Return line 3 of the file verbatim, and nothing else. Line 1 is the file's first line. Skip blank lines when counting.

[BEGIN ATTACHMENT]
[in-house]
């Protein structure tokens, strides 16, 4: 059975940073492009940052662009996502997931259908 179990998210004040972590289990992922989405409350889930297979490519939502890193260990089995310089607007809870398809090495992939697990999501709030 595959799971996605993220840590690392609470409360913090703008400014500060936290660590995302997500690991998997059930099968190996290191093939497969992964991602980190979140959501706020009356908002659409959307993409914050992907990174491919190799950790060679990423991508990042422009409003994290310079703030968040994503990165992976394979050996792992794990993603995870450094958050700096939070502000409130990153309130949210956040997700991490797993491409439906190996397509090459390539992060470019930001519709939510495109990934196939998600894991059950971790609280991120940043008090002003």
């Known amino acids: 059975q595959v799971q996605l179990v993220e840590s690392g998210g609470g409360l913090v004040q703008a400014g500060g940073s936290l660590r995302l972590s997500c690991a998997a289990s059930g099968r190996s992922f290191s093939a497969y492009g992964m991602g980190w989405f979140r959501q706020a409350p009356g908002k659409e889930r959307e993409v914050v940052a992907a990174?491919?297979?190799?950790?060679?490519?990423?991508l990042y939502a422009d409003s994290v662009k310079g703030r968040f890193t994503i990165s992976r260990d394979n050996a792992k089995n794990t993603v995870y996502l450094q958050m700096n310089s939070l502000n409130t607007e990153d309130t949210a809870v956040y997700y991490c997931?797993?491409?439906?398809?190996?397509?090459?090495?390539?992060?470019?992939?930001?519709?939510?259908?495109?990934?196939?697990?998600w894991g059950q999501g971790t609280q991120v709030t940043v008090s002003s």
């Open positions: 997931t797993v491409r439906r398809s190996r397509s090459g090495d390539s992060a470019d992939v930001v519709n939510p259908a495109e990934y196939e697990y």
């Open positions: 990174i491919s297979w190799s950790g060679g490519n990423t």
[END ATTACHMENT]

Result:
């Known amino acids: 059975q595959v799971q996605l179990v993220e840590s690392g998210g609470g409360l913090v004040q703008a400014g500060g940073s936290l660590r995302l972590s997500c690991a998997a289990s059930g099968r190996s992922f290191s093939a497969y492009g992964m991602g980190w989405f979140r959501q706020a409350p009356g908002k659409e889930r959307e993409v914050v940052a992907a990174?491919?297979?190799?950790?060679?490519?990423?991508l990042y939502a422009d409003s994290v662009k310079g703030r968040f890193t994503i990165s992976r260990d394979n050996a792992k089995n794990t993603v995870y996502l450094q958050m700096n310089s939070l502000n409130t607007e990153d309130t949210a809870v956040y997700y991490c997931?797993?491409?439906?398809?190996?397509?090459?090495?390539?992060?470019?992939?930001?519709?939510?259908?495109?990934?196939?697990?998600w894991g059950q999501g971790t609280q991120v709030t940043v008090s002003s």